Despite the coronavirus pandemic, South Korea will hold elections for the National Assembly on 15 April, merely two months after a sixty-one-year-old Korean woman known as “Patient 31” tested positive for the virus in the city of Daegu, South Korea’s epicenter of coronavirus cases, and triggered off the rapid transmission of the virus in the rest of country. Since then, Moon Jae-in’s response to the crisis, through measures that fruitfully strike the balance between security and privacy without invoking the anxiety of lockdown, has been acclaimed at home and abroad as decisive and sophisticated. How these public health achievements will translate into political outcomes at the upcoming electoral verdict is attracting international attention.
According to a public opinion survey Seoul National University conducted in the last week of March, seven out of ten South Koreans believed that the government’s response to COVID-19 was effective, up from a 42% preference in the previous month. Moreover, eight stated that the outbreak is now serious (77%, down 14 points) and only two argued that they were likely to be infected (16%, down 12 points). The survey shows that in the last thirty days South Koreans perceived the government as more dependable, the epidemic less serious, and the region less dangerous.
Such encouraging results were achieved at a time when citizens also rated well the public health agencies responsible for containing the epidemic. Indeed, 87% of interviewees (up 11 points from the previous survey) stated they trust the “Korea Centre for Disease Control and Prevention” (KCDC), 81% (up 7 points) the “National Medical Center”, and 72% (up 14 points) the “Ministry of Health and Welfare” (MHW). In sum, the survey shows that South Korean confidence in national public health institutions reflected positively on the government, which looks more competent.
Several analysts at home and abroad agree that the surge of public support for the government was mainly due to the systematic actions that were taken to control the outbreak as quickly, comprehensively, collaboratively and transparently as possible.
For starters, public health agencies set up a testing protocol two weeks after the first case was confirmed, and are now able to perform 100,000 tests per day. Second, public health authorities had been able to test more than 5,000 people per million citizens by 15 March (while the United States did less than 80 tests per million), completing a total of about 420,000 tests as of 1 April.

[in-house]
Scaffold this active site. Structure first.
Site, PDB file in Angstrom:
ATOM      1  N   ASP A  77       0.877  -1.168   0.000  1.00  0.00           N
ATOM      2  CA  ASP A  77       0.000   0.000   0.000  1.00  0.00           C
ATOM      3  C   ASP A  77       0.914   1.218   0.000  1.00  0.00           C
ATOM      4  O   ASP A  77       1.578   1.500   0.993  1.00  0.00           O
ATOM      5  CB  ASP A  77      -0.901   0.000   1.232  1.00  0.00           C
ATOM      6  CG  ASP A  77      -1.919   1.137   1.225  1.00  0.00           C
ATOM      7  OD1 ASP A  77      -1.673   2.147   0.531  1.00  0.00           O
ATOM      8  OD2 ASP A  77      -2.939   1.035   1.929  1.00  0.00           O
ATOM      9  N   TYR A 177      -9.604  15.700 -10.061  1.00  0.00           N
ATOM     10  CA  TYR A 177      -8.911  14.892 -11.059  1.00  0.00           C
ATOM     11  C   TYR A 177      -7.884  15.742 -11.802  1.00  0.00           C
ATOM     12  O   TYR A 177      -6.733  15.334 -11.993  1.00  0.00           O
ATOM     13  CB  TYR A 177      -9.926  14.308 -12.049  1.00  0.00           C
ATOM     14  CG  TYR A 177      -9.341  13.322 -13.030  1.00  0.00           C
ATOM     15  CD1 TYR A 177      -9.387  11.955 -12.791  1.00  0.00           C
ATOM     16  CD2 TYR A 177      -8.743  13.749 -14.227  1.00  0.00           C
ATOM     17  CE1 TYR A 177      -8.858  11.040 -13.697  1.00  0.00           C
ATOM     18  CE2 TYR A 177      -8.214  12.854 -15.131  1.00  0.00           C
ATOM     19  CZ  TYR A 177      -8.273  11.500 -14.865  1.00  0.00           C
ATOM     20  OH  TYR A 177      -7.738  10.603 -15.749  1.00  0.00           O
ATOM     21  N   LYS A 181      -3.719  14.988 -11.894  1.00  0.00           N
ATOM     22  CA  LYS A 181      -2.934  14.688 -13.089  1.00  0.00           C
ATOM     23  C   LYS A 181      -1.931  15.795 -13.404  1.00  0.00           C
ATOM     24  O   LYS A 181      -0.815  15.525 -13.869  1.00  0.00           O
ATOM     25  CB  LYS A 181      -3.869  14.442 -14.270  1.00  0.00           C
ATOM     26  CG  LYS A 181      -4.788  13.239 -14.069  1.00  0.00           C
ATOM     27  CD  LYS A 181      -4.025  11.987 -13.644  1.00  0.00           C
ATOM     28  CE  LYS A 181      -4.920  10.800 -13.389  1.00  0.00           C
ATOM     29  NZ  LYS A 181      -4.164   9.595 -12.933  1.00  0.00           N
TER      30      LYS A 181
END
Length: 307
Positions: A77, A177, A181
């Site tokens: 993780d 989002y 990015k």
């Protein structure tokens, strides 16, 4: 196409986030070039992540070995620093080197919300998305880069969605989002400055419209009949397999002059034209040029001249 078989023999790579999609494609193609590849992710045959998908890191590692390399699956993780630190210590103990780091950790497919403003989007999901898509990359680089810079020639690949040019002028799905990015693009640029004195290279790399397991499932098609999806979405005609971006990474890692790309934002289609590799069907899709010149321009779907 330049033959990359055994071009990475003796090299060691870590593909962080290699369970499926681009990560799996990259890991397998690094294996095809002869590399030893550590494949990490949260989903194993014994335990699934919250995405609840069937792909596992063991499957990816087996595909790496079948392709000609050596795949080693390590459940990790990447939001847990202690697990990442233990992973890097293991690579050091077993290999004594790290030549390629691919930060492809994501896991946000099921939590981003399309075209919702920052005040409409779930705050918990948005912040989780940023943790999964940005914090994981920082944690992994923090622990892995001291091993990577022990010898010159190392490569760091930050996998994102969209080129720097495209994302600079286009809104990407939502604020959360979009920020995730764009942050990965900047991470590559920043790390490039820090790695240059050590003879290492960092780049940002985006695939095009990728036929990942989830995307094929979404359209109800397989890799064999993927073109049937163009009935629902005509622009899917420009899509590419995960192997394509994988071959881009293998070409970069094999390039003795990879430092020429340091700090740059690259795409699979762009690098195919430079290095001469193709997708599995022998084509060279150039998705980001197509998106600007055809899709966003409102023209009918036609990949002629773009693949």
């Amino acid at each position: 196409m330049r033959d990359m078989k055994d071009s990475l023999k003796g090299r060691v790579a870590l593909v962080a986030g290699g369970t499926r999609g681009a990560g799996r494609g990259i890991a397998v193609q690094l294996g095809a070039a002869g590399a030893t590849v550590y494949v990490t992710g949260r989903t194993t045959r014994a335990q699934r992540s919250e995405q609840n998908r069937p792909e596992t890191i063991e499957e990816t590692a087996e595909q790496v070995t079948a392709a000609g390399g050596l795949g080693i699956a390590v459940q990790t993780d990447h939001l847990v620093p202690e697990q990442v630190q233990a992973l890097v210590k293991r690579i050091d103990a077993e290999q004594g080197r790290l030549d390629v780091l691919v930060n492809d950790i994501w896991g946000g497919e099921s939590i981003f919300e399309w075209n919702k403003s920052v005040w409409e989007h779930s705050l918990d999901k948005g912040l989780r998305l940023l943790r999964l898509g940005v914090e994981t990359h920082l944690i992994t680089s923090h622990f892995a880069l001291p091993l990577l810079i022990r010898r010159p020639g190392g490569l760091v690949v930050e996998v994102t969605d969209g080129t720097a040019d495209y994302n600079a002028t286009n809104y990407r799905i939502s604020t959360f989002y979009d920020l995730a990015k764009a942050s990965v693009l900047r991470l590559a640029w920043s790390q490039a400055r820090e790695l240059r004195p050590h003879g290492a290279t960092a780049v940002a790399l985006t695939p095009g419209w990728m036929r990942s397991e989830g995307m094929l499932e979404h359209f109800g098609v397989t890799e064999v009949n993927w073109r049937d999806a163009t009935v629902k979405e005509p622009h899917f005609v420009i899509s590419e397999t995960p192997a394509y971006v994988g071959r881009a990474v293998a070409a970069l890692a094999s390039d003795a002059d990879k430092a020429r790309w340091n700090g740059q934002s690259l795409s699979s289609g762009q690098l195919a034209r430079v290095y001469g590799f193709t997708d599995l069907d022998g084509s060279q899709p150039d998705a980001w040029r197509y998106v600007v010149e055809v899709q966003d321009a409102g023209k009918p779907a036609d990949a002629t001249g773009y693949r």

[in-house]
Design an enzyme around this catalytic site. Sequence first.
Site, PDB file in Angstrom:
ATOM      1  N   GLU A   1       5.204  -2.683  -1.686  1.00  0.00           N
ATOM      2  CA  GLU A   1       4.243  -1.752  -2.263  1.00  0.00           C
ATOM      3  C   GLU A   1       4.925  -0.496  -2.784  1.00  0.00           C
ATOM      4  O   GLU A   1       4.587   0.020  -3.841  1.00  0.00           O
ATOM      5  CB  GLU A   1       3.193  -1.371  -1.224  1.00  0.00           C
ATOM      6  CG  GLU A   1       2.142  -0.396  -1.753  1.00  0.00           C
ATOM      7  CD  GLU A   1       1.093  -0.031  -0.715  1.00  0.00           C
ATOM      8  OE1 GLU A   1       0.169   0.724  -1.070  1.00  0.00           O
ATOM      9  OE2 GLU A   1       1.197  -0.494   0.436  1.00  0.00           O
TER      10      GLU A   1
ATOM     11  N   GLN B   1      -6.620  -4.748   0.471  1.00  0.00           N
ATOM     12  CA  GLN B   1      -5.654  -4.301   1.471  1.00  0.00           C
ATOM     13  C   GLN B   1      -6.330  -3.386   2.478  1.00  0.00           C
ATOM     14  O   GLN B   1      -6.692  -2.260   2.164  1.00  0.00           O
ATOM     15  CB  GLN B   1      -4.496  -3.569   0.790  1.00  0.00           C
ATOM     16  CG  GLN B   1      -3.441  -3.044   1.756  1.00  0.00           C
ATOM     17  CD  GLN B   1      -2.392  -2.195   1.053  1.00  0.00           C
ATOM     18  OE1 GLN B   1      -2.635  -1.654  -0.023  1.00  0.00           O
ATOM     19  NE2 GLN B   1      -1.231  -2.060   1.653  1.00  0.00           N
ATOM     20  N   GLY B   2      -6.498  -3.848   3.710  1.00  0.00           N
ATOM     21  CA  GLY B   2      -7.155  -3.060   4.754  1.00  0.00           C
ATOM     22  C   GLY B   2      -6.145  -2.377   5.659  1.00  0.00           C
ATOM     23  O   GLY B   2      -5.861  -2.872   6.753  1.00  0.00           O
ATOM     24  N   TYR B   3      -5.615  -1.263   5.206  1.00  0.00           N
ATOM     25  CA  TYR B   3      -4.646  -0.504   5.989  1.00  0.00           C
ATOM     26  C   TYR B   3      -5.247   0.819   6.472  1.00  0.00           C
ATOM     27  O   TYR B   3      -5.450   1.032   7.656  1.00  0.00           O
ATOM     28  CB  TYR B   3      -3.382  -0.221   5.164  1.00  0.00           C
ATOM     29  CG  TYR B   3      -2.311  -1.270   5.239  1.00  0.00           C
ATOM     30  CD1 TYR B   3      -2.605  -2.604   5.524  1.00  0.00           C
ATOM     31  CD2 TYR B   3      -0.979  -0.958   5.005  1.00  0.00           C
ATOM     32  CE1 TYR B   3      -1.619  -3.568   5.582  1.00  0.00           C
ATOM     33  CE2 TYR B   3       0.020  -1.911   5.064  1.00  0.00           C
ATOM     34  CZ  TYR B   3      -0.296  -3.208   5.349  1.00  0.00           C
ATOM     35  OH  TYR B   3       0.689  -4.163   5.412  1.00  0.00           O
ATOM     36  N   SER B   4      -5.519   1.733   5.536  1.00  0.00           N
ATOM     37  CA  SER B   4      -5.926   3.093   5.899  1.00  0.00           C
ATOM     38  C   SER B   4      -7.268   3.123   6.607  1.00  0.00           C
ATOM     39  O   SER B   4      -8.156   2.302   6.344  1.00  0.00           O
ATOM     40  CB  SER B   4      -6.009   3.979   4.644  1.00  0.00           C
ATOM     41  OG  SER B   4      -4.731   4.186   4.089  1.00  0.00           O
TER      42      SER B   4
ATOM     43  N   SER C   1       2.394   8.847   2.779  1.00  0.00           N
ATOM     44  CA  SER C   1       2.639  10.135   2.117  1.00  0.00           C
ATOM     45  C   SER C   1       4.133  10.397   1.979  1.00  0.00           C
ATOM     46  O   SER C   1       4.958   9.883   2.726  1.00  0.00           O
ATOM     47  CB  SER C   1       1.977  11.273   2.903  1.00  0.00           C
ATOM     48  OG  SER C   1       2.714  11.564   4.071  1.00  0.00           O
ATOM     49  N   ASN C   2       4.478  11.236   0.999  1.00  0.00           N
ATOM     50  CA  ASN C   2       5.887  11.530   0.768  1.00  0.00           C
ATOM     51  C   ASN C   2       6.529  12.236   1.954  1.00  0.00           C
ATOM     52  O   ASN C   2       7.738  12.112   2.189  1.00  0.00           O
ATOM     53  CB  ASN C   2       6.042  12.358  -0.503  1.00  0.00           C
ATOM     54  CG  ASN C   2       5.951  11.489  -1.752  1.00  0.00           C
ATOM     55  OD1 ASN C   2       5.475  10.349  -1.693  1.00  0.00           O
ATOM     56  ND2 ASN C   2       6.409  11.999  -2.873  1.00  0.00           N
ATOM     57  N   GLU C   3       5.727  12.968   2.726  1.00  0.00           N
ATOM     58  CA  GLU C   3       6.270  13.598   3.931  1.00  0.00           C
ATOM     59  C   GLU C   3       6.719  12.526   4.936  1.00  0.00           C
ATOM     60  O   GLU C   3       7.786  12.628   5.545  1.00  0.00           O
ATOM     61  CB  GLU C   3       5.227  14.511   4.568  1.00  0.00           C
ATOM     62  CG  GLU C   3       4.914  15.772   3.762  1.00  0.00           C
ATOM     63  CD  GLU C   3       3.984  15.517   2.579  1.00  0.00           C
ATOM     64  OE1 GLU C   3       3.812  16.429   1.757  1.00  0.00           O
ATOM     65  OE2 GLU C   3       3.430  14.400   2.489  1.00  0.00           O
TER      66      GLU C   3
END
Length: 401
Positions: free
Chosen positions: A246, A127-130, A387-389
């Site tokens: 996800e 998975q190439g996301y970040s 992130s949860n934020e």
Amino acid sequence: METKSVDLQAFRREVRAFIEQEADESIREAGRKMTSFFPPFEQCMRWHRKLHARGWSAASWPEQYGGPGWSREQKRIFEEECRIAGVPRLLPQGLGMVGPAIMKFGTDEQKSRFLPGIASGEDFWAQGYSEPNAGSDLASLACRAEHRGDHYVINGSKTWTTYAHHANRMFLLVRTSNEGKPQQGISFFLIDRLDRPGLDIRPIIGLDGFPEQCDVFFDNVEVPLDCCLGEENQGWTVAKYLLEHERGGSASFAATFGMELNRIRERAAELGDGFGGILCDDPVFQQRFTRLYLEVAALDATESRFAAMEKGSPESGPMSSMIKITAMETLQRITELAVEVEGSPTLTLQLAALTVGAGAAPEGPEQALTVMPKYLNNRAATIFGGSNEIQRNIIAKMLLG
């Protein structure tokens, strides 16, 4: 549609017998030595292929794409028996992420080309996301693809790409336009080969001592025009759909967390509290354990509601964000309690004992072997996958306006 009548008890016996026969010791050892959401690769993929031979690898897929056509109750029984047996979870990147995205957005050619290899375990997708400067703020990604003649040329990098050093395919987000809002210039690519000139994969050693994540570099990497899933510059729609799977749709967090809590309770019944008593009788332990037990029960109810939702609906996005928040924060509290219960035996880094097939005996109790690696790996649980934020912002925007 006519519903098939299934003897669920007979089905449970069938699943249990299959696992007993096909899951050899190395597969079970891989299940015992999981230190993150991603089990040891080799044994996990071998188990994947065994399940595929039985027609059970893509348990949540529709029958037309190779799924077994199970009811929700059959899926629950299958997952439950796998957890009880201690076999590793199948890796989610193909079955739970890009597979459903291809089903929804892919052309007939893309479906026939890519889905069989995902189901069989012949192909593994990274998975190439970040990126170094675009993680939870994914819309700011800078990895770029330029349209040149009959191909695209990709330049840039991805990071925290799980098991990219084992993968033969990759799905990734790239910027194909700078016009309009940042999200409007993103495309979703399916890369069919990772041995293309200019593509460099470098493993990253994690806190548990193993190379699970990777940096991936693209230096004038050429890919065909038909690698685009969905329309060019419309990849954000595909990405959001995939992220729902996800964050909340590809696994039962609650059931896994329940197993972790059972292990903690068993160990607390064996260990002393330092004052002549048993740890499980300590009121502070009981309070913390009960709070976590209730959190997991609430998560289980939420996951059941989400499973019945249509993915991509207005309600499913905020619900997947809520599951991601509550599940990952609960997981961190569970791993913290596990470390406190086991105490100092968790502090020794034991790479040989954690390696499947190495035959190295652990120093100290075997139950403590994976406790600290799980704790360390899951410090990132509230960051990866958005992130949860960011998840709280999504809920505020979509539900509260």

Third, by detecting positive cases, national public health workers have been able to retrace the movements of patients, isolate the infected, and disseminate real-time information to the public in collaboration with provincial and local authorities.
Last, but not least, as the main authorities for public health at the national level, the MHW and, to a lesser extent, the KCDC, successfully coordinated inter-agency work, and guaranteed cooperation from the general public through television broadcasts, public transportation announcements and smartphone alerts, which reminded citizens of social distancing requirements.
It is no surprise that President Moon’s approval ratings heightened, as they reflected the positive results of the coordinated efforts of the government and the voluntary support of citizens. According to a Gallup Korea pollconducted at the end of March, 56% of South Koreans evaluated the president’s performance positively, 13 points higher than in that conducted in the last week of February. Indeed, Moon has recovered from the lower scores he obtained after the inter-Korean summit in 2018. 58% of those who answered positively indicated that the president’s response to COVID-19 was the best work he ever did, up 18 points since the February polls. Among those who had a negative perception of Moon’s handling of the crisis, 33% considered it the worst the president ever did, down 8 points from February.
These results show that the coronavirus crisis has overtaken other traditional issues, such as income-led economic growth policy or inter-Korean reconciliation diplomacy.
It is still uncertain how the president’s party will do in the coming general election. The same polls, in fact, show that Moon’s opposition (United Future Party) increased support rates to 23%, up 2 points since the end of February. Moon’s Democratic Party of Korea, in contrast, scored 41% in approval rates, 4 points up.
Amongst the 300 seats up for grabs, 253 will be contested by a single-member-district-plurality where local factors will be more relevant than national trends, and 47 seats will be assigned through a complicated proportional representation principle in which multi-party proliferation tends to overwhelm two-party consolidation.
If the governing party wins the election, the short-term responsiveness of the government will have proven successful, and washed away its economic and foreign policy mistakes. Conversely, if the governing party loses, the short-term responsiveness of the government will have proven not to be sufficient to make up for the economic and foreign policy mistakes. Whatever the outcome, trade-offs between accountability and responsiveness will remain at the core of electoral debates.